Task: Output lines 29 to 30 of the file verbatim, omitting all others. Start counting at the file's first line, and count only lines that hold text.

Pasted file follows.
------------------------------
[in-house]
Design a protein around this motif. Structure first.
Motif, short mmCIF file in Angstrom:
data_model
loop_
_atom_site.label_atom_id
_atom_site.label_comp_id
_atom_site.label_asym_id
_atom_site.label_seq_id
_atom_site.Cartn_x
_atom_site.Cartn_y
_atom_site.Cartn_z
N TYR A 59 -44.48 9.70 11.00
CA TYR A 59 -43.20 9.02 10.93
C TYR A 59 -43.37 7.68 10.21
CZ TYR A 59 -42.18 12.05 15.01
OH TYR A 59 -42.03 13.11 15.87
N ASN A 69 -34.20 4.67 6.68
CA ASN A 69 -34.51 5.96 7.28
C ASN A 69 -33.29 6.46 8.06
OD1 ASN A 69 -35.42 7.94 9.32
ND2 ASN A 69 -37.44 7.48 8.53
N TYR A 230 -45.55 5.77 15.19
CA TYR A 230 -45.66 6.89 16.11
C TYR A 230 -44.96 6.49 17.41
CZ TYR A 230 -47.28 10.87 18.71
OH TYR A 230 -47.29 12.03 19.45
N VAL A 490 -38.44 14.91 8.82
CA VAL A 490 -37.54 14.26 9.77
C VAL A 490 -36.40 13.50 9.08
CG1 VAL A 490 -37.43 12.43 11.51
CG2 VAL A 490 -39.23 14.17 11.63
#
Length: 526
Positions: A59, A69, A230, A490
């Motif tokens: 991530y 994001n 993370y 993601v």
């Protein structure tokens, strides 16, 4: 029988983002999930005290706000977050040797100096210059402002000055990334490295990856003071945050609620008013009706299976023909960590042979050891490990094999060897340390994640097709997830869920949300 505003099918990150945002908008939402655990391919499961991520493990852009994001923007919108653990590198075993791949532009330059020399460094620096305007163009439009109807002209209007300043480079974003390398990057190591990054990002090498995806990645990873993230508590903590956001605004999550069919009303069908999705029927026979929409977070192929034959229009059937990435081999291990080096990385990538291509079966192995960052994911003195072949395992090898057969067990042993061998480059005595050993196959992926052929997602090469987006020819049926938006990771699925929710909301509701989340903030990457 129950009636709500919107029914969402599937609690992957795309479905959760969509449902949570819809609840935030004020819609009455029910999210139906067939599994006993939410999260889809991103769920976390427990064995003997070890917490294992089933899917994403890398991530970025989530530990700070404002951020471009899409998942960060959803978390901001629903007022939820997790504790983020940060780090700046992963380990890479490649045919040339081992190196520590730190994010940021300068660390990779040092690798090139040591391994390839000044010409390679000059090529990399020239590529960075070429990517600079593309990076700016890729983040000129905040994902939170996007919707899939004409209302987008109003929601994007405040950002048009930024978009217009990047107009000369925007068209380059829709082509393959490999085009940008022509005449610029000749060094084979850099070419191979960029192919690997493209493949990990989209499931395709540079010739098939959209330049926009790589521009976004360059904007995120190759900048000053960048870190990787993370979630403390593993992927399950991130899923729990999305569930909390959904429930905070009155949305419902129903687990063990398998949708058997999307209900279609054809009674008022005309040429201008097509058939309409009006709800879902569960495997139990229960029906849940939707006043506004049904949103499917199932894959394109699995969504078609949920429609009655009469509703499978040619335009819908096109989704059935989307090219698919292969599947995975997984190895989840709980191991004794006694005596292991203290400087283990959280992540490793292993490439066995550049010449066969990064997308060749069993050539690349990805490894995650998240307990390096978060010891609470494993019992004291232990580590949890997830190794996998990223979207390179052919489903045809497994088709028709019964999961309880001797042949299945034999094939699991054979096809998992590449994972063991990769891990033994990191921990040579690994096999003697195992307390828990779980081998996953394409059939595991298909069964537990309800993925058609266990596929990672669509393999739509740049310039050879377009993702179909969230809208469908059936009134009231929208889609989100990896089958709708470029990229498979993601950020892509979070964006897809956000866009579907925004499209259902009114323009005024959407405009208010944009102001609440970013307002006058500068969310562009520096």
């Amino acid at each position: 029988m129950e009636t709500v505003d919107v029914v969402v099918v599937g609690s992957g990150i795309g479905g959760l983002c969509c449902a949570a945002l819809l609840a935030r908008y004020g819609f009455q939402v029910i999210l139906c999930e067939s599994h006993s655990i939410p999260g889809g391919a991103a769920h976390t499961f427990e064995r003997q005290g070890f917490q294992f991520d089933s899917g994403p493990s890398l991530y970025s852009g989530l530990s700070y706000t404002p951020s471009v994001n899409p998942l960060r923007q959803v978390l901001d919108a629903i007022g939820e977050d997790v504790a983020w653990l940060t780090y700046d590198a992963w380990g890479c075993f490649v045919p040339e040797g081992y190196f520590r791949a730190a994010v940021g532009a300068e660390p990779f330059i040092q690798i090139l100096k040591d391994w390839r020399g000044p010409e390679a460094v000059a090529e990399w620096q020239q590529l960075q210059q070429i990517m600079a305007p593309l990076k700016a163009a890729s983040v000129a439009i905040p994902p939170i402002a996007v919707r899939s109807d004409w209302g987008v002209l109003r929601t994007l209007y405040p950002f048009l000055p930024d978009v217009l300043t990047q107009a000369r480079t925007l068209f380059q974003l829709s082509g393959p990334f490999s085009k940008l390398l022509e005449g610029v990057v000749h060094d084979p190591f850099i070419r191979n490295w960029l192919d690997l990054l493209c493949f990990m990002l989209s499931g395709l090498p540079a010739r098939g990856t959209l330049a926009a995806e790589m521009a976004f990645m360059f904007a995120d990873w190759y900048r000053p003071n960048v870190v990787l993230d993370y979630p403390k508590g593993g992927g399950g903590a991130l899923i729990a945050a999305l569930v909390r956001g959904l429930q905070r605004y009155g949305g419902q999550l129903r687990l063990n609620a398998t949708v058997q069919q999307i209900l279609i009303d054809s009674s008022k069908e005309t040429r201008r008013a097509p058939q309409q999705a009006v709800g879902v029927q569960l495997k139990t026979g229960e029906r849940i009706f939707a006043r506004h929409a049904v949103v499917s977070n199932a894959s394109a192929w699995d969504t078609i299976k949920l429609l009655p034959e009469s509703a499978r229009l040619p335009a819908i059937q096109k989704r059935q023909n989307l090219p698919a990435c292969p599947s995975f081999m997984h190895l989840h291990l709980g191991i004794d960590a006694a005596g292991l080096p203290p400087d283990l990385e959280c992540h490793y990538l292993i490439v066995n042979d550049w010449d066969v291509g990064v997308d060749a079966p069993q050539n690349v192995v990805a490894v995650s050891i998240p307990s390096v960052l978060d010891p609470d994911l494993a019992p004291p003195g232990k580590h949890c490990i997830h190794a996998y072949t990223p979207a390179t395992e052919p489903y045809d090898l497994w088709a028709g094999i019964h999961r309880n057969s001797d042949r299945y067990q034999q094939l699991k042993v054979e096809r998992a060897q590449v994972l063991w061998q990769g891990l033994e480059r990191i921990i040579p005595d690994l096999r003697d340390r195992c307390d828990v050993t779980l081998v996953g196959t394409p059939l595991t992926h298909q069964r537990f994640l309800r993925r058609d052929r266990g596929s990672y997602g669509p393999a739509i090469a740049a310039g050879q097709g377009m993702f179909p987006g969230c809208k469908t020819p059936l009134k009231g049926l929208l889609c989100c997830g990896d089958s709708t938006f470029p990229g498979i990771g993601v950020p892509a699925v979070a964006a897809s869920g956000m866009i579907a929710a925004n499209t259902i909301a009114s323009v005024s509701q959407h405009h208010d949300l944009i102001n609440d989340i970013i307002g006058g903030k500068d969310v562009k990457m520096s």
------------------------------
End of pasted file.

CA VAL A 490 -37.54 14.26 9.77
C VAL A 490 -36.40 13.50 9.08